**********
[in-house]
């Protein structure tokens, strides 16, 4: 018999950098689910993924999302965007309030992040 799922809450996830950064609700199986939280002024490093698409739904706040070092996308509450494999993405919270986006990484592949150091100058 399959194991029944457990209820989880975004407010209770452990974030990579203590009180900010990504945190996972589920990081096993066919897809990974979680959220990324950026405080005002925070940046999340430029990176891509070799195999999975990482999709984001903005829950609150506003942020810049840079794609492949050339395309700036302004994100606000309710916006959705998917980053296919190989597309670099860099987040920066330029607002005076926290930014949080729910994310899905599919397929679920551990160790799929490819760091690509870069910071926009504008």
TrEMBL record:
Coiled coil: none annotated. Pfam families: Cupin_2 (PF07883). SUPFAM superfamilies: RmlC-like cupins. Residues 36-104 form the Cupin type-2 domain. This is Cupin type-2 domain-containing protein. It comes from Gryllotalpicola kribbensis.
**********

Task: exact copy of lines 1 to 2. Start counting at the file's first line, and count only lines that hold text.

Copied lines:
[in-house]
């Protein structure tokens, strides 16, 4: 018999950098689910993924999302965007309030992040 799922809450996830950064609700199986939280002024490093698409739904706040070092996308509450494999993405919270986006990484592949150091100058 399959194991029944457990209820989880975004407010209770452990974030990579203590009180900010990504945190996972589920990081096993066919897809990974979680959220990324950026405080005002925070940046999340430029990176891509070799195999999975990482999709984001903005829950609150506003942020810049840079794609492949050339395309700036302004994100606000309710916006959705998917980053296919190989597309670099860099987040920066330029607002005076926290930014949080729910994310899905599919397929679920551990160790799929490819760091690509870069910071926009504008």